The consumption of plant protein found in peas, beans and lentils can stave off global hunger and reduce the environmental impact of food production.

That’s according to a TCD study which shows that plant protein from legumes has the high nutrient density and the lowest environmental production costs.

The study led by Assistant Professor in Botany Mike Williams and conducted by students Shauna Maguire and Conor O’Brien was part of Project TRUE which is an initiative of the Wildlife Conservation Society.

The TCD researchers scored dietary protein sources in terms of both the environmental cost of production (which incorporates greenhouse gas emissions, groundwater pollution and land requirement), and their nutrient content.

“Plant protein sources, in this case legumes such as peas, beans and lentils, show the highest nutrient density and the lowest environmental costs associated with production,” said Professor Williams.

“For example, peas have a nutrient density to environmental footprint ratio approximately five times higher than equivalent amounts of lamb, pork, beef or chicken,” Prof Williams said.

“In other words, you receive more beneficial nutrients per 100 kcals of legumes than similar amounts of meat, and at far less an environmental cost,” Prof Williams added.

The researchers believe that providing quantitative estimates for sustainable food and agriculture can help consumers make more informed choices about how they will source the main protein component in their diet.

 

 

 

 

 

 

Is your cat dangerous? Microsoft aiming to ‘solve’ cancer problem; First human head transplant planned; Obesity gene & weight loss

This interview was first broadcast on the 22nd September 2016 on East Coast FM’s The Morning Show with Declan Meehan

indian-cat

Are cats a risk for to your mental and physical health, or have the risks been overblown? [Picture source: Wikipedia]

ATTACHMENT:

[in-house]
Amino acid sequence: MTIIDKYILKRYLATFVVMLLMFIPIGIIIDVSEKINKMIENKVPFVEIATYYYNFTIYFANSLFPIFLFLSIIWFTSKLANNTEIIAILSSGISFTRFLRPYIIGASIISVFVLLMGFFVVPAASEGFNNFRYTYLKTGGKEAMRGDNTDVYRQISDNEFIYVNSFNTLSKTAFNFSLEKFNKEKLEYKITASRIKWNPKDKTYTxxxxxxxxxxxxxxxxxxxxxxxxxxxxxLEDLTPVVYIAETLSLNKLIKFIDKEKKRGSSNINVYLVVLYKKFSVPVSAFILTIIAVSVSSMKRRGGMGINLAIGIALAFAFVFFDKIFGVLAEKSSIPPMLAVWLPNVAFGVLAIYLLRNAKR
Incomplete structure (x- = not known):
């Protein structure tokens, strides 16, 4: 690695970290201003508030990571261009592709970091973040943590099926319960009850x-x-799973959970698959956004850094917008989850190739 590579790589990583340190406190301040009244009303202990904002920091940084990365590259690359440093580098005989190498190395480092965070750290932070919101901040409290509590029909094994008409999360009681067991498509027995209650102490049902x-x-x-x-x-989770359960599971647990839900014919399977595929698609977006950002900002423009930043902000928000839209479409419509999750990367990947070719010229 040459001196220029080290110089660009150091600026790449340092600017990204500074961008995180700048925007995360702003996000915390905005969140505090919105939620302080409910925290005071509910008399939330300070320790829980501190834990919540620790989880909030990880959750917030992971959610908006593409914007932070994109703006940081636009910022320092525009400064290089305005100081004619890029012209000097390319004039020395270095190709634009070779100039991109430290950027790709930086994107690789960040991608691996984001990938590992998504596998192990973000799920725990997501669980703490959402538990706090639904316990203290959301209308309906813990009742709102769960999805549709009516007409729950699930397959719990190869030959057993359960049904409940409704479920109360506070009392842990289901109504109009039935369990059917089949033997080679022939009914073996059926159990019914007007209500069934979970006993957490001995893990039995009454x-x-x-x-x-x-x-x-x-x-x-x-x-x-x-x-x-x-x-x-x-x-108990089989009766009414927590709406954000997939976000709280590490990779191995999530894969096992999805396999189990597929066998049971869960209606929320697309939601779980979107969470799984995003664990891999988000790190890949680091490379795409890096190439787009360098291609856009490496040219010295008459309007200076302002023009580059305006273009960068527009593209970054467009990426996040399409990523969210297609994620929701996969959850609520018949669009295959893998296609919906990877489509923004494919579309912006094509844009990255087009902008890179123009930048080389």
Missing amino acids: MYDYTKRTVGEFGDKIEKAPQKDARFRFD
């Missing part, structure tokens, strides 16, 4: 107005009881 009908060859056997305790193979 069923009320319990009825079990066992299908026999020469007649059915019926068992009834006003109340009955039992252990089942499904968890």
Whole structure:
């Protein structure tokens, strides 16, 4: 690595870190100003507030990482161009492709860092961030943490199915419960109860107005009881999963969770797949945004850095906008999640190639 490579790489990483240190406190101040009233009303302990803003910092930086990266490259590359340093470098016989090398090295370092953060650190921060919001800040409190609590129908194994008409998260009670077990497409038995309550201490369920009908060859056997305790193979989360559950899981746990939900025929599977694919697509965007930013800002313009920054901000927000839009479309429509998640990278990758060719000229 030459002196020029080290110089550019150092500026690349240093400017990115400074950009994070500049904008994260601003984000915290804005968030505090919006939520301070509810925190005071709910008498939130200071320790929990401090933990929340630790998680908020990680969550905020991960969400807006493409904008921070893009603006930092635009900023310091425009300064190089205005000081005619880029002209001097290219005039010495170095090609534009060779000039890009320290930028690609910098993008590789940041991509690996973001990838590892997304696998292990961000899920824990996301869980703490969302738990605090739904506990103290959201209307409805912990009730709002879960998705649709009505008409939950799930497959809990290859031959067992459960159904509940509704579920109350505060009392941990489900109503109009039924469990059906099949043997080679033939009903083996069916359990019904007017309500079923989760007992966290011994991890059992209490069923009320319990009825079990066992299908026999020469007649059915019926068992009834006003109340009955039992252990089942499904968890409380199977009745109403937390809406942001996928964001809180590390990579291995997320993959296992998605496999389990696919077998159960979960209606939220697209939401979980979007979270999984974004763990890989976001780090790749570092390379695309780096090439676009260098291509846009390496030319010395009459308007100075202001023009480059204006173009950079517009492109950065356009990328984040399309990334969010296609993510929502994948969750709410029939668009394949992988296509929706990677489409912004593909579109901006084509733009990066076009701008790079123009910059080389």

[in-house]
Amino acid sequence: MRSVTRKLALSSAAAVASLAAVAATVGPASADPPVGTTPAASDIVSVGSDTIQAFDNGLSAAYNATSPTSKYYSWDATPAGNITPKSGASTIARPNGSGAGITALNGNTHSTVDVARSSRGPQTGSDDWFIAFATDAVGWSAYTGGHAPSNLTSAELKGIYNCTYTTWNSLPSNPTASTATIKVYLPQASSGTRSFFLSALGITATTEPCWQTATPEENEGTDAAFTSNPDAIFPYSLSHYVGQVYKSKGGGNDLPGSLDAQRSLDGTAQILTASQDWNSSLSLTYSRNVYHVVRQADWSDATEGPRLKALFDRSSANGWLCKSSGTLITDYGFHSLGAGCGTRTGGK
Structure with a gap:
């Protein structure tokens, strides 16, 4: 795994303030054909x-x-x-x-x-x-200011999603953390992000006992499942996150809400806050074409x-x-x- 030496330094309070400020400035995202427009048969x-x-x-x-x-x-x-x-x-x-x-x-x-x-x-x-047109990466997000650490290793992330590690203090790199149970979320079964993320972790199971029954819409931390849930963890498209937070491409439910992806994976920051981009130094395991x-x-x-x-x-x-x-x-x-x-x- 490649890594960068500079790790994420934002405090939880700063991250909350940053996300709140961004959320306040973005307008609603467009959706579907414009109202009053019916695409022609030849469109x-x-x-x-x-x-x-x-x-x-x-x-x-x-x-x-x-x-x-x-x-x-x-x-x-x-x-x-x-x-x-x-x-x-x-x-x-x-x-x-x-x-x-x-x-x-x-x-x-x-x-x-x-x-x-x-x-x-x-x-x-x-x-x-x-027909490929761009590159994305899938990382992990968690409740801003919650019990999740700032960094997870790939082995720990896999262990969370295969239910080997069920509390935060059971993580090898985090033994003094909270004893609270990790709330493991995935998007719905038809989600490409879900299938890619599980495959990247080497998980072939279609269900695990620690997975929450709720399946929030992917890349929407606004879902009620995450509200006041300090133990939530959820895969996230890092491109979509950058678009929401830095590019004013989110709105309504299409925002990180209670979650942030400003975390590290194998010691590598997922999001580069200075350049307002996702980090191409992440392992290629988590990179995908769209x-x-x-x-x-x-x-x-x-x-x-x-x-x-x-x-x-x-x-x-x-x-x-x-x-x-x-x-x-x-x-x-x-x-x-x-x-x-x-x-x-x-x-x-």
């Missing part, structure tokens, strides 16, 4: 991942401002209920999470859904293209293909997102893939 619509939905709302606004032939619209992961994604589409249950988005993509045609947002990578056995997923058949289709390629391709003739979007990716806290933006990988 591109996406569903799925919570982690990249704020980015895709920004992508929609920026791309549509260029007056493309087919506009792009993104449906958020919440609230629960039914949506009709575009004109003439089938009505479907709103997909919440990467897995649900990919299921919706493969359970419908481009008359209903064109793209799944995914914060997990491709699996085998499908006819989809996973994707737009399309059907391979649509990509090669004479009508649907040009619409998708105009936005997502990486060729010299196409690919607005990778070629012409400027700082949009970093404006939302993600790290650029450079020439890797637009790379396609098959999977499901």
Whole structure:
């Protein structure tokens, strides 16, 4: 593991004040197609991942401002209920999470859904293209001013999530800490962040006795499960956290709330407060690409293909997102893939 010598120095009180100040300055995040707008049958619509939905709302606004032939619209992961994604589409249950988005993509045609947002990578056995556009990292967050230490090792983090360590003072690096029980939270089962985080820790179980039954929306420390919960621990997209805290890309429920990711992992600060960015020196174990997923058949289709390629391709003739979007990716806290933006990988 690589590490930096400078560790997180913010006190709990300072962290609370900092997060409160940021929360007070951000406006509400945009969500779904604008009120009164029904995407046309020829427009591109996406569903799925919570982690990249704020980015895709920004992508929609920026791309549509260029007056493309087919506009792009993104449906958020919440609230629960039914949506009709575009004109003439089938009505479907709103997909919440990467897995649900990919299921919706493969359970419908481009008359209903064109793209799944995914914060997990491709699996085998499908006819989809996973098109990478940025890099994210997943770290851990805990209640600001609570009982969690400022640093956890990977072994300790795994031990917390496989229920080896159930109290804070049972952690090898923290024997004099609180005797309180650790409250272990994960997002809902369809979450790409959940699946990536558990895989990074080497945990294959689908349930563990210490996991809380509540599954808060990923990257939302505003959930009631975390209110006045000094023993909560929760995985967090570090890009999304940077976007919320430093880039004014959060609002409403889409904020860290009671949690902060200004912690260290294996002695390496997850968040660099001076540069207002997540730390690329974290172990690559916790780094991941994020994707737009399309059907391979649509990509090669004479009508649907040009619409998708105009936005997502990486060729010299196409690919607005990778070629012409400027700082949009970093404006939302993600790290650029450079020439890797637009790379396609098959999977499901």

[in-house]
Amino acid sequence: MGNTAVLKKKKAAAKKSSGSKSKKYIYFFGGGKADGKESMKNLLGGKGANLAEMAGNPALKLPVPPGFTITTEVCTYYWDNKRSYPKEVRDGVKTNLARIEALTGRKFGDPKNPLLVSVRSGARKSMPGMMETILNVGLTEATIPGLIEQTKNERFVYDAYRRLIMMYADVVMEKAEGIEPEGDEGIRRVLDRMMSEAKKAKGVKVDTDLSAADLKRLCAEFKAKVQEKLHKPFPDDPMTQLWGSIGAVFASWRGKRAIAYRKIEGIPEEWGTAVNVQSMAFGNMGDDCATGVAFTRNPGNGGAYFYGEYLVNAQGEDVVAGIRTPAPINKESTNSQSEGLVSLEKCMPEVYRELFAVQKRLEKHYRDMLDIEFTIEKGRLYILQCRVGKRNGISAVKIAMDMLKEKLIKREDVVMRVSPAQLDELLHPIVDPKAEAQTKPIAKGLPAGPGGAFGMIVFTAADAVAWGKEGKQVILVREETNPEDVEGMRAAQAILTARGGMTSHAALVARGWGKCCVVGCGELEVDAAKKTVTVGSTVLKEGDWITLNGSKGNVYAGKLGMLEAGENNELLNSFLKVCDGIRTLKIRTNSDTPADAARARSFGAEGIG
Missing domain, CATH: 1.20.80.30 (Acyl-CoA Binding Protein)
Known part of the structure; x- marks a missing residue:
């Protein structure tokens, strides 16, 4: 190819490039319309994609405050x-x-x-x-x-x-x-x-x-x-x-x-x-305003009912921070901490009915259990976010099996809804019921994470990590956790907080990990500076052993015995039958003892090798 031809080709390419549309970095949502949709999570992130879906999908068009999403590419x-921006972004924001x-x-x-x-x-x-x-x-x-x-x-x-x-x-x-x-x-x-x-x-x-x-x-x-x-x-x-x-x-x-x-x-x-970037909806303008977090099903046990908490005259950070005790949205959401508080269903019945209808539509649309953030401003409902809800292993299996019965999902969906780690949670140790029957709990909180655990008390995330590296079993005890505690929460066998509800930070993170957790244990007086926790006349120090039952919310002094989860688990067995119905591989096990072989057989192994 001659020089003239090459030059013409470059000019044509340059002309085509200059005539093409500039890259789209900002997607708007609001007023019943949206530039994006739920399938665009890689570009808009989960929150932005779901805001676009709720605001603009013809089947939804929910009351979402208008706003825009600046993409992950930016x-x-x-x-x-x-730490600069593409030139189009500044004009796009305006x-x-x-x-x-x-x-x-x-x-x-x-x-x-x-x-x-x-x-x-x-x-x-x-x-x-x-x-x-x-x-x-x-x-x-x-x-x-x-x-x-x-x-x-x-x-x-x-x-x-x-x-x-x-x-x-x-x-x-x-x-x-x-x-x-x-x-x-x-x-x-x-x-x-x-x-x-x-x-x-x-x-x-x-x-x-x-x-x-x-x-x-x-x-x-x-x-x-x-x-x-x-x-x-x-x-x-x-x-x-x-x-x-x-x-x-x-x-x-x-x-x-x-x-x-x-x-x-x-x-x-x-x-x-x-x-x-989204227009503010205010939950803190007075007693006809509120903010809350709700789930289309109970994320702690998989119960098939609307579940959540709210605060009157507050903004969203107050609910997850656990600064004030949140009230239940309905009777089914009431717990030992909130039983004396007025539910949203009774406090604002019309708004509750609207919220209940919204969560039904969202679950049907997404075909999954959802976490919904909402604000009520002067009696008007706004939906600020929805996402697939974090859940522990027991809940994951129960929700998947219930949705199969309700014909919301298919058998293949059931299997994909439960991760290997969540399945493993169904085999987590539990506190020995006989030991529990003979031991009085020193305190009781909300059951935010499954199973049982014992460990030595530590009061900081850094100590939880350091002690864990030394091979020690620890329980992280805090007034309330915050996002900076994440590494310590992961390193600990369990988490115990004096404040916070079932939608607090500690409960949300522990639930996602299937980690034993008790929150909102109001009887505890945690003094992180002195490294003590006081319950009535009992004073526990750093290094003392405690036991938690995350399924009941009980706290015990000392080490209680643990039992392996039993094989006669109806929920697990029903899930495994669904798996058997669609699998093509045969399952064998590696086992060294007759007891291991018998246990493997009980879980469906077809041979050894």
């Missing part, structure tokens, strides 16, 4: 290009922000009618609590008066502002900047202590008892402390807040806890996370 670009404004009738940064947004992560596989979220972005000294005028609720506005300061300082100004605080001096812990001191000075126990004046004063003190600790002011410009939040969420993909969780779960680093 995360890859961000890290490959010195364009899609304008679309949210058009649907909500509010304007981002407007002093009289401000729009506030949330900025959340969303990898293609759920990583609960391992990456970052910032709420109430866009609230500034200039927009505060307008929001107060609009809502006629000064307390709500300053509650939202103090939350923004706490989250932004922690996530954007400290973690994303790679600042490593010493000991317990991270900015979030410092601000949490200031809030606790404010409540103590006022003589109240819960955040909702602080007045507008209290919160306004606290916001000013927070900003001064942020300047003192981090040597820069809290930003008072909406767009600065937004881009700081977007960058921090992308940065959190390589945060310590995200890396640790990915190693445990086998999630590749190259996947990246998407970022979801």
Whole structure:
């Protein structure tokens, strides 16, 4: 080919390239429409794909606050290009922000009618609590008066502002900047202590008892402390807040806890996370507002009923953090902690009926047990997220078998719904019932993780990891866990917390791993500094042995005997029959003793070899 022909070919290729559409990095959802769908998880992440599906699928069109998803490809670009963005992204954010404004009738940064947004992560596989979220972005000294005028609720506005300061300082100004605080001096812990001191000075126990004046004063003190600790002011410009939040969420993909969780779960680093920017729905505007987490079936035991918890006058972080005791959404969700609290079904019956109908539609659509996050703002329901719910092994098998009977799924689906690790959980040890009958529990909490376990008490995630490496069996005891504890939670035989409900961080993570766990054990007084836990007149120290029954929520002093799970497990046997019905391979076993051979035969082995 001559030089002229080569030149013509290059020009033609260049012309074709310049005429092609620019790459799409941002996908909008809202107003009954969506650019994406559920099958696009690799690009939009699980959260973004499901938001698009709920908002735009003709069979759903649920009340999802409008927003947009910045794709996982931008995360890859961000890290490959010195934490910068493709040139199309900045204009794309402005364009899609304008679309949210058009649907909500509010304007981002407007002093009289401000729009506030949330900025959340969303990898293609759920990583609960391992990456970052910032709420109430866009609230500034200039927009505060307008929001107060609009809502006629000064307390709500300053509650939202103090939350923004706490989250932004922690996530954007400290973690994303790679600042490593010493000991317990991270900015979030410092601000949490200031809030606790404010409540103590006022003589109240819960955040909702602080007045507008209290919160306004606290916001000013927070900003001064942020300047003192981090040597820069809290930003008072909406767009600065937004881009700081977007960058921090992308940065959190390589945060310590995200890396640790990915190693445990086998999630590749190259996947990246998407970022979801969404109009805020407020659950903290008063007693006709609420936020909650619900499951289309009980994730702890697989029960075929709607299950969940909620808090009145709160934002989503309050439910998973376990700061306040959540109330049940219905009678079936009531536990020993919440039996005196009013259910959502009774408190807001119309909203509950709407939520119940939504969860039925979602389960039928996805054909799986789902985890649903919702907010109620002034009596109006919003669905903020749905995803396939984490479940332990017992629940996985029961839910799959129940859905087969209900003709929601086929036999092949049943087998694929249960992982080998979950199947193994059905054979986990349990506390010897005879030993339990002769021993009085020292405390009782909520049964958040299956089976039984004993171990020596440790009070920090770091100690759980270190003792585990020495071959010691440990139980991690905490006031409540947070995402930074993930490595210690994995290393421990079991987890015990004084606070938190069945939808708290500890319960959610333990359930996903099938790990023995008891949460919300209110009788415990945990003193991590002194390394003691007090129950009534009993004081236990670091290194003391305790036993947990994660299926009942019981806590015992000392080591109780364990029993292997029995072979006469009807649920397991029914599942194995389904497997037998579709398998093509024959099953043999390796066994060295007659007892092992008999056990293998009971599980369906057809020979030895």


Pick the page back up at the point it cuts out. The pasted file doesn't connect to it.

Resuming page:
Asteroid QL44 threatens Earth on 17th September; boring diet is bad; sixth sense for ‘carbs’; when should elderly drivers stop?

Broadcast on The Morning Show with Declan Meehan on East Coast FM [9-09-2016]

An Asteroid called QL44 is set to narrowly miss Earth on 17th September [Pic Credit: NASA}

An Asteroid called QL44 is set to narrowly miss Earth on 17th September [Pic Credit: NASA}

Irish ‘bench to bedside’ research improving health outcomes

Broadcast on 29-08-16 on Today with Sean O’Rourke

Medical Research Ireland

Medical research in Ireland, led by doctors and nurses, is discovering new ways of doing things that are improving health outcomes for sick people, and helping prevent illness arising in the first place (Source: http://www.ucd.ie)

The evidence shows that the best hospitals – the ones where patients have the best medical outcomes – are those that are most actively engaged in medical research.

This is the kind of practical hospital based research that saves people’s lives and it is often led by doctors or nurses seeking better ways of doing things, with no commercial motivation.

People at the frontline may have an idea of how a tried and tested way of doing things with certain patients can be improved upon. Then trials or tests are setup to test the new idea.

If the idea works, and an improvement in patient medical outcomes is proven, then changes are made in medical practice to ensure that patients fully benefit from the new knowledge.

It is called ‘bench to bedside’ research where doctors or nurses use science to test out their ideas, and if they work, then the new ways are translated from lab bench to patient bedside.

Evidence